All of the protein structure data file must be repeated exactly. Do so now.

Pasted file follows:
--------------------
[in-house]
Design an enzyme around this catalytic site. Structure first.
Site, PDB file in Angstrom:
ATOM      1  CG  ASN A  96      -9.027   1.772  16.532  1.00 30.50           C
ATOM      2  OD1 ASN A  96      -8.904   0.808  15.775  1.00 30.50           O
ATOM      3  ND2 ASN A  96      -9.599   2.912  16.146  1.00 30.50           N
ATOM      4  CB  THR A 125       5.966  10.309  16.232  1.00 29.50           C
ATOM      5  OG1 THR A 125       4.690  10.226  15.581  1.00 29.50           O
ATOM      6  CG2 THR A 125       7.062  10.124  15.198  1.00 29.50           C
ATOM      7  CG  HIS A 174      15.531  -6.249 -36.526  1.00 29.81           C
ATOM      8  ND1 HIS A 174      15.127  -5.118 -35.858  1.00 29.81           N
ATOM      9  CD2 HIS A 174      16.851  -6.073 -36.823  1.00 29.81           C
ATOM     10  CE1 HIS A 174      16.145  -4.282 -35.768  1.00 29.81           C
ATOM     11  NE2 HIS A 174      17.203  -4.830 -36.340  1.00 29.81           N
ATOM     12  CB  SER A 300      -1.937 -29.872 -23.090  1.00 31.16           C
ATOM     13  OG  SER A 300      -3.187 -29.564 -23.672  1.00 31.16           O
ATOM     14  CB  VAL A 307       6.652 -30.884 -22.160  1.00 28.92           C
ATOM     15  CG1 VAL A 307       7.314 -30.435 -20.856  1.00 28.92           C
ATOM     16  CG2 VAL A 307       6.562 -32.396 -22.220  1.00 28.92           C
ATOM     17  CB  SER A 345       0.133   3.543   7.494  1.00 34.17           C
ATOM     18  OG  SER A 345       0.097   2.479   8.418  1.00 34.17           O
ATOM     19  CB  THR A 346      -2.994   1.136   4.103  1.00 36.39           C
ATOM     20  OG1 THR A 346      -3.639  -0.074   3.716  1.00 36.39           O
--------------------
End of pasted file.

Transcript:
[in-house]
Design an enzyme around this catalytic site. Structure first.
Site, PDB file in Angstrom:
ATOM      1  CG  ASN A  96      -9.027   1.772  16.532  1.00 30.50           C
ATOM      2  OD1 ASN A  96      -8.904   0.808  15.775  1.00 30.50           O
ATOM      3  ND2 ASN A  96      -9.599   2.912  16.146  1.00 30.50           N
ATOM      4  CB  THR A 125       5.966  10.309  16.232  1.00 29.50           C
ATOM      5  OG1 THR A 125       4.690  10.226  15.581  1.00 29.50           O
ATOM      6  CG2 THR A 125       7.062  10.124  15.198  1.00 29.50           C
ATOM      7  CG  HIS A 174      15.531  -6.249 -36.526  1.00 29.81           C
ATOM      8  ND1 HIS A 174      15.127  -5.118 -35.858  1.00 29.81           N
ATOM      9  CD2 HIS A 174      16.851  -6.073 -36.823  1.00 29.81           C
ATOM     10  CE1 HIS A 174      16.145  -4.282 -35.768  1.00 29.81           C
ATOM     11  NE2 HIS A 174      17.203  -4.830 -36.340  1.00 29.81           N
ATOM     12  CB  SER A 300      -1.937 -29.872 -23.090  1.00 31.16           C
ATOM     13  OG  SER A 300      -3.187 -29.564 -23.672  1.00 31.16           O
ATOM     14  CB  VAL A 307       6.652 -30.884 -22.160  1.00 28.92           C
ATOM     15  CG1 VAL A 307       7.314 -30.435 -20.856  1.00 28.92           C
ATOM     16  CG2 VAL A 307       6.562 -32.396 -22.220  1.00 28.92           C
ATOM     17  CB  SER A 345       0.133   3.543   7.494  1.00 34.17           C
ATOM     18  OG  SER A 345       0.097   2.479   8.418  1.00 34.17           O
ATOM     19  CB  THR A 346      -2.994   1.136   4.103  1.00 36.39           C
ATOM     20  OG1 THR A 346      -3.639  -0.074   3.716  1.00 36.39           O